In last week's post, I wrote about why younger and beginning farmers might want to forge relationships with historic sites that have land and often a long history of cultivation of that land. And while I've got you on the line, new farmers, I’d like to make a case for how you might help to strengthen the museums and history-minded organizations who are your potential partners in preserving farmland and researching and rebuilding local and regional food systems.
I'll cut right to the chase: I think that public history needs not only your critical savvy about how we might prepare ourselves for the changes and stresses of a changing climate and a more localized way of living, but also the improvisatory, do-it-yourself, open-source approach that you tend to take to life and work. That approach reflects the fact that you've come of age with the World Wide Web, which enables new kinds of sharing, collaborating, learning, and creating across distances and time. And while there's no shortage of digital enterprise going on in the public history world, I have to say that I don't think the collective inventiveness and open-endedness of this mindset has really permeated the field yet. That's where you might play a role.
Crop Mob, a kind of new-fashioned work bee that responds to the demographic and economic changes in farming over the past century. How do you harvest your potatoes or move your giant compost pile when you don't have 11 kids or a handy local workforce of seasonal farm laborers? Put out a call to your network of like-minded young agrarians, who will come help you out in exchange for a good meal at the end of the work session and the promise of reciprocal unpaid labor when they need it. Digital communication is key to making a Crop Mob work, in addition to spreading the idea beyond its origins in the Triangle area of North Carolina.
Groups like Food + Tech Connect are beginning to marry this approach to research and public education about the food system, as they do most notably in their Farm Bill Hackathon. A hackathon is a gathering of geeks to work on some specific task: building a tool, writing a piece of code, or, in this case, turning the wonky data of the Farm Bill into accessible narratives and graphics. Like crop mobbing, the Farm Bill Hackathon emphasizes doing--gathering a variety of people to engage directly with complex information, make something useful out of it, and then use those products as a step toward making social and economic change. It also emphasizes open rather than proprietary knowledge creation--a democratization of data that public historians should embrace.
The new generational mindset--what one farm visionary is thinking of as Agriculture 3.0--even shows up in heartening ways in more traditionally commercial ventures, like a two+ minute ad for the (healthy) fast-food chain Chipotle. Chipotle emphasizes its non-factory-farmed ingredients, and the ad is a mini-history of the industrialization and nascent reinvention of agriculture. A pig farmer expands and mechanizes his business, only to end up seeing his pigs being compressed into big pink food cubes on a factory conveyor belt; after a dark night of the soul (above), he goes back to older methods, selling to Chipotle rather than to a faceless food processor.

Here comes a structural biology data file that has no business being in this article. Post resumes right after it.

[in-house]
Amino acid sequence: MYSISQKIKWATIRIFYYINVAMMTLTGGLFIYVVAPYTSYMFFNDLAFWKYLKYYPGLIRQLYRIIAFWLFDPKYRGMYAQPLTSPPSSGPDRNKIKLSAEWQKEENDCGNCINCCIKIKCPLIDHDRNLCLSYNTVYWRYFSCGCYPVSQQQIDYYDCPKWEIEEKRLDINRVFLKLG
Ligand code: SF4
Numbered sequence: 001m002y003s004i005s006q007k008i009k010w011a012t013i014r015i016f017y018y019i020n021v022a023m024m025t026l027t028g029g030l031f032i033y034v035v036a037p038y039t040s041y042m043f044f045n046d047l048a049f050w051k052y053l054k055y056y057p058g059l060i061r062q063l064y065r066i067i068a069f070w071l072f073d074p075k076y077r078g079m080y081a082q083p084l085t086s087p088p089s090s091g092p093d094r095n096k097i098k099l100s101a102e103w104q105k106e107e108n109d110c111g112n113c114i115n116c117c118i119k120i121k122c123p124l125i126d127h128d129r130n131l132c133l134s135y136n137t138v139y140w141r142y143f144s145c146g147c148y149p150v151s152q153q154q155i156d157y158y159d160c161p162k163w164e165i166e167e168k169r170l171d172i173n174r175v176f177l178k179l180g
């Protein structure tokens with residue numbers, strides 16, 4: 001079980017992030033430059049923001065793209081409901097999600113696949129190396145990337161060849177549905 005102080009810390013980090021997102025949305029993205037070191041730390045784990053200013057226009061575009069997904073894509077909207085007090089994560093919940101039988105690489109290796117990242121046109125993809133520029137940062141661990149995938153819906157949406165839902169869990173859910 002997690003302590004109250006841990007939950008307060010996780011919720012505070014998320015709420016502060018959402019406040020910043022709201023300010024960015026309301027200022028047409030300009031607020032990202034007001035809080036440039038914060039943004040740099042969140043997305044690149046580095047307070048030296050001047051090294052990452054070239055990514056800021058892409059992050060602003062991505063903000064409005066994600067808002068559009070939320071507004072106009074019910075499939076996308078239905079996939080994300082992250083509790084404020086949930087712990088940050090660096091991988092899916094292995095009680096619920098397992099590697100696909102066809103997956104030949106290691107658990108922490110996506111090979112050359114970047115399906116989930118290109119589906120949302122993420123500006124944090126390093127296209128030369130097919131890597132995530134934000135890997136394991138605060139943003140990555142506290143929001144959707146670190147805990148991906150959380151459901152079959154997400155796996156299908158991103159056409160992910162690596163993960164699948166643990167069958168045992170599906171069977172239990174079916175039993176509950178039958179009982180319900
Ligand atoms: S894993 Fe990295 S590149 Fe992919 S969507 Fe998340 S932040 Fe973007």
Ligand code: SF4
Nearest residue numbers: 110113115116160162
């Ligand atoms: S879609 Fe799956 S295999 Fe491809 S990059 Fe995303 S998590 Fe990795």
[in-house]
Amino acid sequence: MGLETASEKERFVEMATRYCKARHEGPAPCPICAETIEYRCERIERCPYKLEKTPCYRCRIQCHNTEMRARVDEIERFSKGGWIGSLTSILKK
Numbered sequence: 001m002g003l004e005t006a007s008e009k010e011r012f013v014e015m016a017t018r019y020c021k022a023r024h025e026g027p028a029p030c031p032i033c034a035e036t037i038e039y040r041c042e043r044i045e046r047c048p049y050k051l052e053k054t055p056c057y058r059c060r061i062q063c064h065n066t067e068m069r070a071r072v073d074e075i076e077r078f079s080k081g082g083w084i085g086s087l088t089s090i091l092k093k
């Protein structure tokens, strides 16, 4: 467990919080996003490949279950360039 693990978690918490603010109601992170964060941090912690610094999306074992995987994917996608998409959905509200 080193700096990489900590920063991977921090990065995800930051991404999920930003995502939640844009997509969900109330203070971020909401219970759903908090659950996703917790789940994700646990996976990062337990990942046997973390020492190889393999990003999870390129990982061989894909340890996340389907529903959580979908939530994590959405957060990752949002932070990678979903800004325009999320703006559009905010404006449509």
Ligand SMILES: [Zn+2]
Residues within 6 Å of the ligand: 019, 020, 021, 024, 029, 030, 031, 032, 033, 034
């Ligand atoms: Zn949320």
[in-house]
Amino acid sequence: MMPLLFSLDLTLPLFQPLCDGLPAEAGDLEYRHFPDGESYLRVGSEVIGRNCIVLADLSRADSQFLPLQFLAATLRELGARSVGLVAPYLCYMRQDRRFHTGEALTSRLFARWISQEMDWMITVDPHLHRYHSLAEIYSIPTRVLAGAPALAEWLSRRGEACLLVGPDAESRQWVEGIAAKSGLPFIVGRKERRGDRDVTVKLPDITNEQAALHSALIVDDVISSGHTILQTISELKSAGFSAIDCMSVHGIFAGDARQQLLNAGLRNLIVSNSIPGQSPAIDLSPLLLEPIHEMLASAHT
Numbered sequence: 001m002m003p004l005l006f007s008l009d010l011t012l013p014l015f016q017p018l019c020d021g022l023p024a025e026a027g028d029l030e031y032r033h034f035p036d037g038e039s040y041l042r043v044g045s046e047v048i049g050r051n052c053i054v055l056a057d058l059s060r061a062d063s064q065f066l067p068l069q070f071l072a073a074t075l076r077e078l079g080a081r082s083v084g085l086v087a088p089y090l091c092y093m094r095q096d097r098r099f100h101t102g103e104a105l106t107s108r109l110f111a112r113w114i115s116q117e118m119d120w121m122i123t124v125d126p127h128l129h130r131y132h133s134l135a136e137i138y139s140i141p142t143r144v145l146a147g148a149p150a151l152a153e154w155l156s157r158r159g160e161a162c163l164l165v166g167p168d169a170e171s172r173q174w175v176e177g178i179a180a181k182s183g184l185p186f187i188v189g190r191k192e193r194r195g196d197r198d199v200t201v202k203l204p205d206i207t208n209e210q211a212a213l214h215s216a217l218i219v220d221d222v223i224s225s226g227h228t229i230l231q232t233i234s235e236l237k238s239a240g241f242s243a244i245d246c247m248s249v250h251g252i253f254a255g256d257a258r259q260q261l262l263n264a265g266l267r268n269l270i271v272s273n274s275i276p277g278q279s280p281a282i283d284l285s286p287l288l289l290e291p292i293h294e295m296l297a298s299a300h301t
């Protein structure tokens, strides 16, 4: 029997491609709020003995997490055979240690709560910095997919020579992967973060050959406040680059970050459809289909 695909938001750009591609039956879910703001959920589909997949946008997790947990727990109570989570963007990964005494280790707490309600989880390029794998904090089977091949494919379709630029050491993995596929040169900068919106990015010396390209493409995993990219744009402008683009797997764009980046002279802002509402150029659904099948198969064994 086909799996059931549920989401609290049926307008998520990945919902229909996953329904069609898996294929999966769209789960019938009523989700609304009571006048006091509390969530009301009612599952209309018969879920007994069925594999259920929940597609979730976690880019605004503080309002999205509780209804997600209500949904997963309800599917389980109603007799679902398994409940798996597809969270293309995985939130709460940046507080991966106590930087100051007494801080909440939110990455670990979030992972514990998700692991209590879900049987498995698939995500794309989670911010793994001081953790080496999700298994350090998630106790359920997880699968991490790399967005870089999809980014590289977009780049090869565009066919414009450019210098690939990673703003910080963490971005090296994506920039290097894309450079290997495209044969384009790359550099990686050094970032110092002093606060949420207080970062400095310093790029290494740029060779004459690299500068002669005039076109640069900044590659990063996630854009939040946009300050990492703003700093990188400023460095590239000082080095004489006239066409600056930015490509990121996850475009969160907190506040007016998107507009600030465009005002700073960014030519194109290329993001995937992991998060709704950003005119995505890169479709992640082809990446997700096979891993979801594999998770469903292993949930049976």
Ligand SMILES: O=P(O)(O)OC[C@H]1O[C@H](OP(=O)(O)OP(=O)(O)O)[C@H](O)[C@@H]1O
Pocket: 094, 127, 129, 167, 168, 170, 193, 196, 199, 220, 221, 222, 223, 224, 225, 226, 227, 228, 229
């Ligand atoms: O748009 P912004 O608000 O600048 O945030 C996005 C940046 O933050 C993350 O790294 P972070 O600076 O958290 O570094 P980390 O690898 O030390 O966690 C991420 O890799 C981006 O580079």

Like the Farm Bill Hackathon, the Chipotle ad distills a lot of information into a narrative that is over-simple in some ways but not without nuance. For example, it hints that factory farming was the product as much of farmers' desire to improve their operations as of evil corporate profit-seeking. As one of the ad team puts it in the "making of" video, the farmer "ends up with this factory farm out of having good intentions or wanting to...build a successful business"--an important point to remember as we try to figure out how to dismantle or resist the industrialized food system. The ad itself also has a DIY feel to it, and although it was accomplished with highly sophisticated equipment, its stop-motion animation using handmade figures is the kind of thing that could easily be done with less high-end tools and disseminated in less high-budget ways.
There's a long history of Americans seeing the next great technology as the solution to the problems of the previous ones, so I don't want to oversell the potential of the Internet, which is already turning out to have downsides of its own. But one of the exciting things about it is how well it combines with older, retro, and muscle-powered technologies. Young farmers' use of digital technology gives me hope that this may be a much more selective adoption of the latest new thing than some of the earlier attempts to revitalize small-scale farming by maximizing its efficiency through mechanization. This strikes me as more akin to how Amish and Mennonite farmers have approached technology: with a careful eye on how it might maintain and enhance community rather than unraveling it.
And the whole combination strikes me as just what a lot of historic sites have been looking for: a way to expand their publics, share and aggregate the knowledge they've collected, and strike a healthy balance between tech-savviness and an insistence on the importance of tangible places and experiences. I'm not proposing anything specific here, which is sort of the whole point--I'm just thinking that if young farmers brought their inventive crop mob mentality to farming and learning at historic sites, and if public historians embraced that do-it-yourself ethos with a trifle more abandon than we tend to see in the field, some very exciting things might start to happen.